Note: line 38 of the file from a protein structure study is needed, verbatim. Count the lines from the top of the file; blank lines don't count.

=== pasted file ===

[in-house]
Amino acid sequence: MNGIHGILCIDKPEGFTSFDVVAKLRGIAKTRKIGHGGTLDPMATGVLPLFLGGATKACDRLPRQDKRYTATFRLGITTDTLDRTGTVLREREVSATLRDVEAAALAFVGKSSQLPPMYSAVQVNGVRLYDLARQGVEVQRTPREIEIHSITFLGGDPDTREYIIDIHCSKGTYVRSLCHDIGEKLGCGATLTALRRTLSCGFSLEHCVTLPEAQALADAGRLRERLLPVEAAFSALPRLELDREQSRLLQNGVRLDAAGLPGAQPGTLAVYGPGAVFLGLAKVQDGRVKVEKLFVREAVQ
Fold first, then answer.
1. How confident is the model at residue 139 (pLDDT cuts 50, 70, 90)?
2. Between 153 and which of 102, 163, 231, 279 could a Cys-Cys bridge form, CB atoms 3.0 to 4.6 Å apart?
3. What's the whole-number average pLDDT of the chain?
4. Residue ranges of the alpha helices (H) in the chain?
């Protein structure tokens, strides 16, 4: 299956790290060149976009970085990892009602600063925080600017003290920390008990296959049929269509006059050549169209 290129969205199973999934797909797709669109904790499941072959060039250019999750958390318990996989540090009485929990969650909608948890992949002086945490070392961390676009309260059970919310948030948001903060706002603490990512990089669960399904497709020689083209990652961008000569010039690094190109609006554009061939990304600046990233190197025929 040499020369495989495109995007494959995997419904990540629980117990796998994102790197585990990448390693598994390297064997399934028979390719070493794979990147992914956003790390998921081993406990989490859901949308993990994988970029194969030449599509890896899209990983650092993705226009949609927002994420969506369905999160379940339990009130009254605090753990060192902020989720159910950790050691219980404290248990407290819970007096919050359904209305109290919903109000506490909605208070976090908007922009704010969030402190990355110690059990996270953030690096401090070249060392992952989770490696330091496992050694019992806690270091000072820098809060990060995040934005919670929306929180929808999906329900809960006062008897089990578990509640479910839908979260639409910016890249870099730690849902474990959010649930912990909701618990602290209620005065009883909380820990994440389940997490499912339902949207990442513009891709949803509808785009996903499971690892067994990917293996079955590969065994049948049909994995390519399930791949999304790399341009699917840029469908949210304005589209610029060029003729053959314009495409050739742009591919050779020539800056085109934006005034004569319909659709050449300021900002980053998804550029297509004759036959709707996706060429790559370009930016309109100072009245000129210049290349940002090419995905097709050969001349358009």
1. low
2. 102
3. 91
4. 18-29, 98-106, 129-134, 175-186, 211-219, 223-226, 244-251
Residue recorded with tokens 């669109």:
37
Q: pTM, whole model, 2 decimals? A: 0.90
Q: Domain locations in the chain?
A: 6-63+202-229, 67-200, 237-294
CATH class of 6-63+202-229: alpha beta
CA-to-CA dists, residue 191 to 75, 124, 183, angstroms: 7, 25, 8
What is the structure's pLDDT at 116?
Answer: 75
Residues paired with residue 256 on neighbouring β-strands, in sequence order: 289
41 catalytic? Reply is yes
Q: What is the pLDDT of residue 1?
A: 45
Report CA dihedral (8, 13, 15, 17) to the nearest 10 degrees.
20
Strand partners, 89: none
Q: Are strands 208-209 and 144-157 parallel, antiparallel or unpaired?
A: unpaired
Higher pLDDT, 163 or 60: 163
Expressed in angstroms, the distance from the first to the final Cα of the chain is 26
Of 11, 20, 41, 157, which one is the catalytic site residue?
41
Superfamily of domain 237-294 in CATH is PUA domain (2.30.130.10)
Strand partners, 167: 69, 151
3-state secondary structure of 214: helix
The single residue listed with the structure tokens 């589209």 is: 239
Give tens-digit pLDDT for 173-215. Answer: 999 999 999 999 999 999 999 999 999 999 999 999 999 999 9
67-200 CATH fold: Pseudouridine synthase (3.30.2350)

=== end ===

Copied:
The single residue listed with the structure tokens 């589209």 is: 239